Duration
of Activity:
This
activity can be done in small sections over several days.
Student
Prerequisites:
Students should have a basic understanding of the Sun.
Whole class reading and independent reading will enrich background
information on this topic.
Materials:
 Butcher
paper
 Yellow,
orange, red and black tempera paint
 Pencil
or marker
 White
construction paper cut into 2inch x 4inch pieces for labels
 Tape
 Sponges
and brushes
 Halfinch
round Avery adhesive labels (blue)
 4
small pins with round heads to place across the halfinch
round label
Teacher
Preparation:
15 minutes to prepare paper for
painting the Sun. Outline a large circle with a diameter of
54.5 inches to represent the Sun for this activity. Allow
time to locate other materials and to copy work sheets if
doing the extension math activity.
Work
Sheets:
"How
Big the Sun?" Work Sheets 


"Greater Than," "Equal To" and "Less
Than" Printable Classroom Signs 


Need
help? 


Objectives:
Students
will:
 Draw
and paint a model of the Sun.
 Learn
that 109 Earths span the diameter of the Sun.
 Learn
that 4 Moons span the diameter of the Earth.
Grade
Level:
Grades 13
Procedure:
Day One
Language and Art Activity
 Students
take turns painting the Sun with yellow, red and orange
tempera. Start with the lightest paint for optimal effects.
You can save some time by starting with yellow butcher paper
and painting with red and orange tempera. Excellent images
of the Sun can be found at http://umbra.nascom.nasa.gov/images/
 Ask
students to name features of the Sun to include on the model
and write them on the board. The words below are a good
place to start:
Corona 
Moon 
Magnetic
Loop 
Solar
flare 
Earth 
Diameter 
Sunspot 
Prominence 
Gas 
 Let
painting dry overnight.
Day
Two
Language and Art Activity
 Continue
with painting. The granules of the Sun’s surface can
be achieved by sponging darker colors across the painting.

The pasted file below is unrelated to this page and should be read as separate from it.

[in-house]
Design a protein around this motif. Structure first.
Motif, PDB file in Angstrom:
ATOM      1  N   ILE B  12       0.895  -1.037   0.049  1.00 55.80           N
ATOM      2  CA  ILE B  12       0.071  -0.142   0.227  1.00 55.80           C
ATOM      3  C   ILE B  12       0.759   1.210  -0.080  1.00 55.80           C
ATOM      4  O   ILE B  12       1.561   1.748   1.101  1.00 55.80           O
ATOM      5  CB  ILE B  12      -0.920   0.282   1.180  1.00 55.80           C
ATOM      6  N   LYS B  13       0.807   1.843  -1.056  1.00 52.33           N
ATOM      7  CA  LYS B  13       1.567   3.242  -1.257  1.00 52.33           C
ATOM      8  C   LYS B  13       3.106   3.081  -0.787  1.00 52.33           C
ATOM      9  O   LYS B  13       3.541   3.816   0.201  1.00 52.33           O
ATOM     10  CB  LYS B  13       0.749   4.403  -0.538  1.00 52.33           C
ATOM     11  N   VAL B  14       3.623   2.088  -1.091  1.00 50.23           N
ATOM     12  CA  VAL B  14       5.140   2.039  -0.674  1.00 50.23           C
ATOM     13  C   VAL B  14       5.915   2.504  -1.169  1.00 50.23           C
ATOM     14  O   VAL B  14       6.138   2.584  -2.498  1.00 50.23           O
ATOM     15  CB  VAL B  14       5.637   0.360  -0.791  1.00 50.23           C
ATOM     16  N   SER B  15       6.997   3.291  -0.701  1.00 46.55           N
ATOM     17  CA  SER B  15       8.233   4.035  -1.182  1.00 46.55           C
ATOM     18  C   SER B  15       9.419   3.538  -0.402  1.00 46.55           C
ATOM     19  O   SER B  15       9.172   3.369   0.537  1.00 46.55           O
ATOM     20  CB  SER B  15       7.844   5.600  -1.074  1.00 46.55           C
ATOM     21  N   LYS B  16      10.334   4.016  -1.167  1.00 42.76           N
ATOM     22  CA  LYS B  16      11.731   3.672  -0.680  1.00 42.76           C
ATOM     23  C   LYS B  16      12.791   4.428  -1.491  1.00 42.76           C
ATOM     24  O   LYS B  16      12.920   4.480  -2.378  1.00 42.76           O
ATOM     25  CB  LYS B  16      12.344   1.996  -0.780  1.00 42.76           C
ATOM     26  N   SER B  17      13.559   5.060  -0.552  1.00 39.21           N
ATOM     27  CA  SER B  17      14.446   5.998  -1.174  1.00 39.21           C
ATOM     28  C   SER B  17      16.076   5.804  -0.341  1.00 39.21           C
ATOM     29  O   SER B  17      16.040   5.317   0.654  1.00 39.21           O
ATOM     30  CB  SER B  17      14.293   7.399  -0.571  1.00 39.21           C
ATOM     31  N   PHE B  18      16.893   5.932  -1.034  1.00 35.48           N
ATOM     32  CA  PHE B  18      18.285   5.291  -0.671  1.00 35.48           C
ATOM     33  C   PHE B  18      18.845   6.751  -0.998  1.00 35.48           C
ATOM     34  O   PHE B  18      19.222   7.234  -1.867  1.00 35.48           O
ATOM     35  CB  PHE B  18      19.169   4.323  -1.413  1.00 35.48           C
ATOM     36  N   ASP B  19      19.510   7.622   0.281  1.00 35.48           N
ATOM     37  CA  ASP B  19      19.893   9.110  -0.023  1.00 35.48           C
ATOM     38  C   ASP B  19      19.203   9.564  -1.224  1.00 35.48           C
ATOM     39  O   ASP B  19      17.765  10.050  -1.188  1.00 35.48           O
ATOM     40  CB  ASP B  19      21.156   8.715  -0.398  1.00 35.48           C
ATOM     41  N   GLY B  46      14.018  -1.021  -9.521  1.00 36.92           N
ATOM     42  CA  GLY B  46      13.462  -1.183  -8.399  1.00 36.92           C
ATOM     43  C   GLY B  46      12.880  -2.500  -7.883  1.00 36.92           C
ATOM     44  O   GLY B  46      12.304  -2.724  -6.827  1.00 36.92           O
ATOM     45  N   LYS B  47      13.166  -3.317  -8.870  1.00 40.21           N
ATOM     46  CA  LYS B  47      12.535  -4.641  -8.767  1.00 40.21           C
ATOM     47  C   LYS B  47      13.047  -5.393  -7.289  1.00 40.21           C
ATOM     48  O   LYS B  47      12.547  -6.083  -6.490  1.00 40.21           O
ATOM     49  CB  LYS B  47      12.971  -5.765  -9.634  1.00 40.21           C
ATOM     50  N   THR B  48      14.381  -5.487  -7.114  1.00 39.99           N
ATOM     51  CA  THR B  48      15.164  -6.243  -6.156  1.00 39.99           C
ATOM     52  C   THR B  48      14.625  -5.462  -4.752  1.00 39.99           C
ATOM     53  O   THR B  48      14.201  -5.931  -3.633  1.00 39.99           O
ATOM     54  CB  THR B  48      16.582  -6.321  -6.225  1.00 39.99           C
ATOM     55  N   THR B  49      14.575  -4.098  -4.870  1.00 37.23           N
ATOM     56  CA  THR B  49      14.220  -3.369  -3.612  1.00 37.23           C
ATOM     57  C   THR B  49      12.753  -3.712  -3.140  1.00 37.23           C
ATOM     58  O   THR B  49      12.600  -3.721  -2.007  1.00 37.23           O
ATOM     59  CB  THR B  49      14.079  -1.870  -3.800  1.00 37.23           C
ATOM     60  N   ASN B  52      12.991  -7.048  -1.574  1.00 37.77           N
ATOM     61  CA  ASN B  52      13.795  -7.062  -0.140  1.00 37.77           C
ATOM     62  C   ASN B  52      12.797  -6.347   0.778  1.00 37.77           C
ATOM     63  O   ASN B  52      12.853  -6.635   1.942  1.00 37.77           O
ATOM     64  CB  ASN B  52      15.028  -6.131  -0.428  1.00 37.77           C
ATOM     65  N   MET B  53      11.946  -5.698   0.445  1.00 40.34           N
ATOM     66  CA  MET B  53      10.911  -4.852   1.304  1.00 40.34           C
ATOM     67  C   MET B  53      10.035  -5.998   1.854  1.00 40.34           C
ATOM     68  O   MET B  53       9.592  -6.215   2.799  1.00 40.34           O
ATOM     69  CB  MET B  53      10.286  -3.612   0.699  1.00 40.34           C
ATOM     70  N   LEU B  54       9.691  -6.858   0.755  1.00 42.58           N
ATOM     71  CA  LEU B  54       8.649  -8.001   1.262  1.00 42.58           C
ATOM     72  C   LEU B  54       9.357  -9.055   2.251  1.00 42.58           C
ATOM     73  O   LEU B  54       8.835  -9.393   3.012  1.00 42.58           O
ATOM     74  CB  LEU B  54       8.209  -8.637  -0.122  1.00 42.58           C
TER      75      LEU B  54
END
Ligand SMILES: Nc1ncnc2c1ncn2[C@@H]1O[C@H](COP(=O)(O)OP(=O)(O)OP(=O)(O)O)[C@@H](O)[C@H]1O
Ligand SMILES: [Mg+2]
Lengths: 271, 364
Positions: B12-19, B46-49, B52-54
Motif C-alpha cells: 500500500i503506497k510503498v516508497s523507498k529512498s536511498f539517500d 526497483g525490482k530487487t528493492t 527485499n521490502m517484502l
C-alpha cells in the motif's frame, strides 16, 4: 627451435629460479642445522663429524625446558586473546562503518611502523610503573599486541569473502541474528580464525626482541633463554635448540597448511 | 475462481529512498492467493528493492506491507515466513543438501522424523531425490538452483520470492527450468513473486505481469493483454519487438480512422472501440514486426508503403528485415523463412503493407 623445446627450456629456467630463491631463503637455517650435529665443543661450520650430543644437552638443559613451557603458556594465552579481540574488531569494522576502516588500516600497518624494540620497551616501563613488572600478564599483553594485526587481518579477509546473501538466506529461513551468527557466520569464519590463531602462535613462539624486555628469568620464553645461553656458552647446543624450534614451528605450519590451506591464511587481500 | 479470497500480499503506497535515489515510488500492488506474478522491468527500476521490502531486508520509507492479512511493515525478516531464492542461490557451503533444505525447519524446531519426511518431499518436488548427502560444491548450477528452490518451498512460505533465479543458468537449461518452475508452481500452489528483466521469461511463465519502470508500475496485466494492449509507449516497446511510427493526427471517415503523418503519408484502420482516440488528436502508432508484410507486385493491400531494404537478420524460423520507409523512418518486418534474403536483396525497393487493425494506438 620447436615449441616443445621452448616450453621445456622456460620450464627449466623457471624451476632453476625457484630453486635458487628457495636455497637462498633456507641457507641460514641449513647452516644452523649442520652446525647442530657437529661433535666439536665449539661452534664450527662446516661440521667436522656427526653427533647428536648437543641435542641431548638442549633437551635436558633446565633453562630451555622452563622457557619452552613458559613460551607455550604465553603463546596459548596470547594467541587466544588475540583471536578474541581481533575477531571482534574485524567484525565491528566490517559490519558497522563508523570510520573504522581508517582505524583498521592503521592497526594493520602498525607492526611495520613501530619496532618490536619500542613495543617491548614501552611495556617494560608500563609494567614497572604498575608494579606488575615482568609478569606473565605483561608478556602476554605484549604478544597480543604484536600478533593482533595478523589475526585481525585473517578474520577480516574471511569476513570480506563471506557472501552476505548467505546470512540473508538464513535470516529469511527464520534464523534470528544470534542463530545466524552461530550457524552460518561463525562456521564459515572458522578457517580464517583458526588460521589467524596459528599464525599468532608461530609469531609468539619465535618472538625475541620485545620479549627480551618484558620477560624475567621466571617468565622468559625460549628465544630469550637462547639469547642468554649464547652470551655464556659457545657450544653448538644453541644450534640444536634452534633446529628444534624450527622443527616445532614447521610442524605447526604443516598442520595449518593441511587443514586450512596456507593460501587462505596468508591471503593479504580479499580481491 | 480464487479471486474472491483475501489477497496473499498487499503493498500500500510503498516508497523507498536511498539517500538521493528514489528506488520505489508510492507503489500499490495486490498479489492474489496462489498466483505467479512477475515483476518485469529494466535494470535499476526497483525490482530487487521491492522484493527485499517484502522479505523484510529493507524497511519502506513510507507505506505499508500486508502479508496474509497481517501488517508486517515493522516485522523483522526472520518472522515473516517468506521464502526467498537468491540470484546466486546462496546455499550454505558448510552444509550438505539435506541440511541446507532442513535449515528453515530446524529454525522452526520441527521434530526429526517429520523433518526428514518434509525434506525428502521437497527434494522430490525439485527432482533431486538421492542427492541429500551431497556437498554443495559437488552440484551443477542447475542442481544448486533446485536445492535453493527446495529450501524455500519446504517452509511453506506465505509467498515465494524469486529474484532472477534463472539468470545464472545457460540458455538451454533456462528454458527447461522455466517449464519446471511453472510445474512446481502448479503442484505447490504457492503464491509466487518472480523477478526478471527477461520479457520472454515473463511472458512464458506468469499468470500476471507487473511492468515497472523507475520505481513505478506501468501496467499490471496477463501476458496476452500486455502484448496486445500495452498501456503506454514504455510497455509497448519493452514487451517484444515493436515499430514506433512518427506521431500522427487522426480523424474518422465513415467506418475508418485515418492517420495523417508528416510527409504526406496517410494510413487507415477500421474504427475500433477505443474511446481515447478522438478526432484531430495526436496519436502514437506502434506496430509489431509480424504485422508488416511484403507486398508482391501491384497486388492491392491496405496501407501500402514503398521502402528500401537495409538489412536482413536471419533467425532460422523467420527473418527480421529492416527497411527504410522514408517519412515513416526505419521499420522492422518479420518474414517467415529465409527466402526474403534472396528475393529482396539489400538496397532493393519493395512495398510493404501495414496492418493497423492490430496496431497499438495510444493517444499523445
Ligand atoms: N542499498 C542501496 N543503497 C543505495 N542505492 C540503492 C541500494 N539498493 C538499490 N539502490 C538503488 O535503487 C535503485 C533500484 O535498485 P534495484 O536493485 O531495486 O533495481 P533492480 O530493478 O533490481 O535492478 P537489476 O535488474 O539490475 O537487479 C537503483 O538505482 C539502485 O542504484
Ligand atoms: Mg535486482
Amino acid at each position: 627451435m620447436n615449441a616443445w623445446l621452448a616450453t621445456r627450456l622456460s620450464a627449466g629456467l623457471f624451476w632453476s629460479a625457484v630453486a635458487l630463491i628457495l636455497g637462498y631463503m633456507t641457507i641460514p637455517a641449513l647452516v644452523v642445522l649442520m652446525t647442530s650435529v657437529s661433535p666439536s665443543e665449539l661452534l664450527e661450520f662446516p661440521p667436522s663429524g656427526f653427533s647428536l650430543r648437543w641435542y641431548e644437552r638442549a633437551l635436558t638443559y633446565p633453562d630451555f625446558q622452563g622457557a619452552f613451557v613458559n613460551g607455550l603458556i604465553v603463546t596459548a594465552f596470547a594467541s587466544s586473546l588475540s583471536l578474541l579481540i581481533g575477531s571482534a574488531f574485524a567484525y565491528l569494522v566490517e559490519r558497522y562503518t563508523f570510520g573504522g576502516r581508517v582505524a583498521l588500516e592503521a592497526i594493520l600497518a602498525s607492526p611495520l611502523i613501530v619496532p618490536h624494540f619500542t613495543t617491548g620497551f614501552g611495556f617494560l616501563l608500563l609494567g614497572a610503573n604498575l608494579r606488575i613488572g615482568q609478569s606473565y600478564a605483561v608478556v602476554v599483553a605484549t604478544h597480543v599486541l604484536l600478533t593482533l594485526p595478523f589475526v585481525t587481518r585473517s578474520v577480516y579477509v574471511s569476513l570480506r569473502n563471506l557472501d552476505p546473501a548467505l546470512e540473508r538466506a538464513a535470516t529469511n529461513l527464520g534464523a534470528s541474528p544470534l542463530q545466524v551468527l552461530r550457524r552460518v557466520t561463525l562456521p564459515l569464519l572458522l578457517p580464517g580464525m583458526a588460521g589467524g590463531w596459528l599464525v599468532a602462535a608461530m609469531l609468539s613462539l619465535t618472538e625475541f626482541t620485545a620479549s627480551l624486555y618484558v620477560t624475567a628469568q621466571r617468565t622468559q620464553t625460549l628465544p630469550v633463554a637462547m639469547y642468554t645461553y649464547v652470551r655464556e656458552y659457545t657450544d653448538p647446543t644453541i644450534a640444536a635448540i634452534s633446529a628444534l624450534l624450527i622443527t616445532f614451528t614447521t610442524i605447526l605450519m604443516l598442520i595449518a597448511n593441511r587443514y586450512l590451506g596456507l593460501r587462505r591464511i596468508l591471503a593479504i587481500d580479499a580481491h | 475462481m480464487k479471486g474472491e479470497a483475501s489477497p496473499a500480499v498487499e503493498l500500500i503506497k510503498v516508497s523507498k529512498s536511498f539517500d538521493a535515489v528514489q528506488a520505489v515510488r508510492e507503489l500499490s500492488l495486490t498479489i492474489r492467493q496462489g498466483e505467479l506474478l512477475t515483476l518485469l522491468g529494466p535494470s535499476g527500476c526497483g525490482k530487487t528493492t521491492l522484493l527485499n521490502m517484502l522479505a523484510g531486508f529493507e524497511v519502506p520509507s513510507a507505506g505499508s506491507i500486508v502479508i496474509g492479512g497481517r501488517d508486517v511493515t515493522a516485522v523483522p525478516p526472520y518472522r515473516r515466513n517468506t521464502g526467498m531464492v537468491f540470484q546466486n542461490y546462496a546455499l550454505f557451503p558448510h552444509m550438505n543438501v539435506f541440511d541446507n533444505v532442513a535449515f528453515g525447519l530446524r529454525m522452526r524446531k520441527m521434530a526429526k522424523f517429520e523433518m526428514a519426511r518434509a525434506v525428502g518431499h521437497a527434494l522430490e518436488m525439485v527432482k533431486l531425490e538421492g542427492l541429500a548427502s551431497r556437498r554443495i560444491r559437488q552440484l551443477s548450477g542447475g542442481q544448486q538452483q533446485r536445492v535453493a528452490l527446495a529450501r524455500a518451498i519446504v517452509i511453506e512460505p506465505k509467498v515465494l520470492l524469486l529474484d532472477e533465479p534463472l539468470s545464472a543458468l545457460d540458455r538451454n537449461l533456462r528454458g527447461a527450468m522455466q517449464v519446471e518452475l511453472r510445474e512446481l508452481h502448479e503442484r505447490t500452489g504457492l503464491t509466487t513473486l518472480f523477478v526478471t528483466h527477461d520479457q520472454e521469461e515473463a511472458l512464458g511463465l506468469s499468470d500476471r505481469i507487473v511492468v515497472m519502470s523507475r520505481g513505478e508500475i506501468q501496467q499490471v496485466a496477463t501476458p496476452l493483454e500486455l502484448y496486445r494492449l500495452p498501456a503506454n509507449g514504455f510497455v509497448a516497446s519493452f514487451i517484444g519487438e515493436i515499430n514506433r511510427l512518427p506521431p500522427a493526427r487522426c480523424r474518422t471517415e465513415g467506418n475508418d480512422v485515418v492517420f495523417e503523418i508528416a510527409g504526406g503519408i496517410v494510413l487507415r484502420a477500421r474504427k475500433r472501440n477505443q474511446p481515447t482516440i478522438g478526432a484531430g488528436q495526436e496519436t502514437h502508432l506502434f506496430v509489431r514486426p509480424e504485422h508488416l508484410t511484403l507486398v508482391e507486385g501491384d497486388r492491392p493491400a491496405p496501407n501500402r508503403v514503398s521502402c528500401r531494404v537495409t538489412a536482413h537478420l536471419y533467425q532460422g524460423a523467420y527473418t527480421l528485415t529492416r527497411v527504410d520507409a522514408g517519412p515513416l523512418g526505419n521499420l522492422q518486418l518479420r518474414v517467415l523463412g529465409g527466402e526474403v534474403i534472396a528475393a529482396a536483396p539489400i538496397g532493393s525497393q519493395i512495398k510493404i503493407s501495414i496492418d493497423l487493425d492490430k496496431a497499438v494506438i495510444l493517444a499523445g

Encourage
students to paint details such as sunspots, prominences,
and solar flares.
 After
completing painting, ask students to write vocabulary words
on the 2inch x 4inch labels.
 After
model has dried, cut it out and display on the wall.
 Students
take turns gluing the vocabulary labels to the Sun.
 The
model can be the focal point for your expanding “Science
Word Wall” with new vocabulary displayed around and
on the Sun.
Day
Three
Science and Math Activity
 Discuss
the enormous size of the Sun in contrast to the Earth and
the Moon.
 Ask
students to imagine that one round blue label is the Earth.
 Ask
a group of students to place the round labels across the
diameter of the Sun.
 After
placing the labels, ask students to count them in intervals
of ten.
 Mark
each group of ten.
 You
will find that approximately 109 Earths span the diameter
of the Sun.
 Explain
that it takes four Moons to cover the diameter of the Earth.
 Tell
students that one small pin represents the Moon. Ask
how many pins are needed to span the diameter of Earth.
 Place
four small pins with round white heads across the blue label.
 HINT:
Be sure to start the labels at the edge of your 54.5inch
circle—otherwise you may end up with more than 109
"Earths" spanning the diameter!
 "Signs"
for reinforcing the comparative sizes of the Sun, Earth
and Moon can be printed and displayed near your Sun model.
Extension
Activity:
This
model of comparative sizes provides a good opportunity for
discussing and practicing the mathematical concepts and symbols
representing "greater than," "less than,"
and "equal to." The student work sheets for this
lesson (at left) support classroom mathematics activities.
Assessment:
A wholeclass discussion of the
Sun and its size relative to the Earth and Moon can be started
with the following discussion questions:
 What
is bigger, the Earth or the Sun?
 How
many “Earths” does it take to cover the diameter
of the Sun?
 What
is bigger, the Earth or the Moon?
 How
many Moons does it take to cover the diameter of the Earth?
 How
many Moons do you think it will take to cover the Sun?
Extension:
This
model of comparative sizes provides a good opportunity for
discussing and practicing the mathematical concepts and symbols
representing “greater than,” “less than”
and “equal to.” The work sheet can be used to support
your classroom math activities.
Bibliography:
See
related books and websites.